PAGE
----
She might simply not understand what she is doing. I’m not sure about this, but she really might. Either way, July 1, 2021, when she must at last retire from the Supreme Court, cannot come soon enough.

Day 11: Asher Honickman

Standing on basic principles

Partner, Matthews Abogado LLP

As with many of the other contributors to this excellent symposium, the three dissenting judgments I have chosen share a common theme. Each articulates a basic principle of Canada’s constitutional order ― one which was true before the decision was handed down and continues to be true today, but which was ignored or marginalized in the majority decision.

These are not necessarily my “favourite” dissents. I have had the benefit of reading most of the other contributions and have consciously avoided dissents that have already been discussed. I have also cast the net wide and selected one dissent from each of the 19th, 20th and 21st centuries, with (coincidentally) 68 years between each one. Without further ado, here they are.

Justice Strong in Severn v The Queen (1878) 2 SCR 70: Judicial Restraint

As with many division of powers cases of the era, Severn was about alcohol. John Severn was charged with manufacturing and selling large quantities of beer without a license in what was then the Town of Yorkville, contrary to Ontario law. Severn argued that the law was unconstitutional as it came within Parliament’s exclusive authority to regulate trade and commerce under s.91(2) of the then BNA Act. A majority of the Supreme Court agreed.

The various majority judgments (Supreme Court decisions were written seriatim until the second half of the 20th century) adopted a decontextualized plain reading of the Act. Despite the fact that the impugned law concerned manufacture and sale wholly within the province, the majorities held that it nevertheless came within “trade and commerce”. The judges drew comparisons between the United States Constitution and the more centralized BNA Act. But there was very little discussion of the text and architecture of sections 91 & 92 and particularly the interplay between the provincial power to regulate “property and civil rights” on the one hand and the federal trade and commerce power on the other (the Privy Council would take up this task several years later in Citizens Insurance v Parsons, (1881) 7 App Cas 96, significantly narrowing the scope of the trade and commerce power in the process).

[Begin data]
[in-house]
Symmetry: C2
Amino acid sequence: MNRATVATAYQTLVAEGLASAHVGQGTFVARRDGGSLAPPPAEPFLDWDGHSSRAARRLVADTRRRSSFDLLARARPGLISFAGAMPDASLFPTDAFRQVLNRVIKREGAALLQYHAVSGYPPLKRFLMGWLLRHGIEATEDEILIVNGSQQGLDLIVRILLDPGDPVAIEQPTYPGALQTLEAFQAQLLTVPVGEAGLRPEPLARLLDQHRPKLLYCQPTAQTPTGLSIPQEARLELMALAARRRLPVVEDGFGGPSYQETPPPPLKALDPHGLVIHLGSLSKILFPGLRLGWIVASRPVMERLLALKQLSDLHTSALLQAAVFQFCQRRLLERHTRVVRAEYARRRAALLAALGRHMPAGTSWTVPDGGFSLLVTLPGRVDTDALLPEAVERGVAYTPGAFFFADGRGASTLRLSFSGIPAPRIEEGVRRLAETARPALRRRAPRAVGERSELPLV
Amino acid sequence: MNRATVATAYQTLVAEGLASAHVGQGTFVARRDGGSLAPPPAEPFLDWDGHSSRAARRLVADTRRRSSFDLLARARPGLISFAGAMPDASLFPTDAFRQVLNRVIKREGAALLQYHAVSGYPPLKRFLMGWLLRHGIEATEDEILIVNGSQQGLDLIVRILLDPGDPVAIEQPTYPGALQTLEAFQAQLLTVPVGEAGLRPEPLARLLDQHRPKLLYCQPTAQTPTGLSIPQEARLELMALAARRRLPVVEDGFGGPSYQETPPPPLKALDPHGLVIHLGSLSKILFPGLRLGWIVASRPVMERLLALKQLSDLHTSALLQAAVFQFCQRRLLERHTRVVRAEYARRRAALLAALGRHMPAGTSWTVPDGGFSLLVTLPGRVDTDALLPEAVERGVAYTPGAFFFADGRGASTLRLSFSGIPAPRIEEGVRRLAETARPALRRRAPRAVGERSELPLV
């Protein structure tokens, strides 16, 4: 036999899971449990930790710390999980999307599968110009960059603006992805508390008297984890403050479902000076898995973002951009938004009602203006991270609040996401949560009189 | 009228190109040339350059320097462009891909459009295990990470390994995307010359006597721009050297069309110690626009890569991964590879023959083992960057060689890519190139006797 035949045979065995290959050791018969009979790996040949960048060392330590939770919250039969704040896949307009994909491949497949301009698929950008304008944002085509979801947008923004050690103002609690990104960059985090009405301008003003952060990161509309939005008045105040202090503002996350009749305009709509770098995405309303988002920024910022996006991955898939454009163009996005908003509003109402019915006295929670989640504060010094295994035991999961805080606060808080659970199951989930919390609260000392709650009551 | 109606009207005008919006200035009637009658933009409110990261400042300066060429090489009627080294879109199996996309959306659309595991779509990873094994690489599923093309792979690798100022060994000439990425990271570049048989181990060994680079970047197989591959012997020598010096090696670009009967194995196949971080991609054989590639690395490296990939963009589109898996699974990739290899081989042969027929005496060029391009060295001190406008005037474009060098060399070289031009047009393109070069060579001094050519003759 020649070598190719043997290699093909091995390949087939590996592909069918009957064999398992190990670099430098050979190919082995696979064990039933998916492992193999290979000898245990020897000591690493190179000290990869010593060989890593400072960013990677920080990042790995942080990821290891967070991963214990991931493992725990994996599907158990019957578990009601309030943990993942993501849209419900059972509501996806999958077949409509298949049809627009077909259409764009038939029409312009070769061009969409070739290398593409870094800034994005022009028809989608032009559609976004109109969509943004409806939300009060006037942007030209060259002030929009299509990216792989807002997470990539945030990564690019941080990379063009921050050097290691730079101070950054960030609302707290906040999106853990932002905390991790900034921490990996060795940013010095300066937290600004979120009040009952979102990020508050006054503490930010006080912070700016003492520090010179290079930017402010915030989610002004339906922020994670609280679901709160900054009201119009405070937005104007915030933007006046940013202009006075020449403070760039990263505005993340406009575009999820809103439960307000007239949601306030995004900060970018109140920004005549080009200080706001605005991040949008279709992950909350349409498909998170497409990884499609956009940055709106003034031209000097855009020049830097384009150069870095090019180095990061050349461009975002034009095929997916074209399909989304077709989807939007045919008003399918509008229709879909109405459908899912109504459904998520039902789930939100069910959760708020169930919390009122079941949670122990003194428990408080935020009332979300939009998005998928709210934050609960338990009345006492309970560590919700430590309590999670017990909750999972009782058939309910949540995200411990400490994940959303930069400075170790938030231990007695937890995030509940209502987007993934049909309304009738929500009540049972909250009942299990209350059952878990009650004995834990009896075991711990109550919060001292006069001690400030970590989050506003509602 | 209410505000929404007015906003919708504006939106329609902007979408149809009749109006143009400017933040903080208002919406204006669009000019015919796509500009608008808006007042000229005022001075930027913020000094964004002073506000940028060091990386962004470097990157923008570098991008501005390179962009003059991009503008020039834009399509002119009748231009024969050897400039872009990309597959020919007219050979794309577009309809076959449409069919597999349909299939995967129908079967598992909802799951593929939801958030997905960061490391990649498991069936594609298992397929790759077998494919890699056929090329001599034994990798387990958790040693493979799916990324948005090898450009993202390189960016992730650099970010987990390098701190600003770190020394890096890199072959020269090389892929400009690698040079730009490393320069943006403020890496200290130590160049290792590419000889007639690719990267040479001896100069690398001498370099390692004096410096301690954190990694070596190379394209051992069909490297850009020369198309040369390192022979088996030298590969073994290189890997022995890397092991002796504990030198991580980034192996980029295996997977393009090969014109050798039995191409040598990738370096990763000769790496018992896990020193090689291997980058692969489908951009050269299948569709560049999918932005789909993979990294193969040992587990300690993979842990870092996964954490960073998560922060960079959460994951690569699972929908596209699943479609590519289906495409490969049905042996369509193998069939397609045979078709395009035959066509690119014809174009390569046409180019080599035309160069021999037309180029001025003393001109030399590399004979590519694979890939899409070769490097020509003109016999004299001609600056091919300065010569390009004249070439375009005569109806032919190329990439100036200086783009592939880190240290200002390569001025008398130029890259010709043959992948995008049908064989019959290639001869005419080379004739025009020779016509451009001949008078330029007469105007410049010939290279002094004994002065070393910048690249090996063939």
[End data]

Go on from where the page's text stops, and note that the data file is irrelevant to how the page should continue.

Justice Strong began his dissent by stating that the Court should afford the legislature the presumption that it was acting constitutionally and should seek to discover a constitutional construction of the statute. This “presumption of constitutionality”, first articulated by Strong J., would become a defining feature of constitutional interpretation by the end of the century (A.H.F. Lefroy would cite it as one of the 68 leading propositions of constitutional law) and continues to be applied to this day. Strong J. continued with a second even more central principle: “that it does not belong to Courts of Justice to interpolate constitutional restrictions; their duty being to apply the law, not to make it”.

Justice Strong agreed with the majority’s flawed interpretation of the trade and commerce power. However, he correctly noted that the language of the BNA Act limited this power to what had not been exclusively granted to the provinces – in this case, the power over licensing. The term “other licenses” in s.92(9) had to be read broadly – if it was confined to those types of licenses that had been in existence prior to Confederation as the majority preferred, then the power to impose licenses would be disparate across the provinces, which is not what the BNA Act envisages.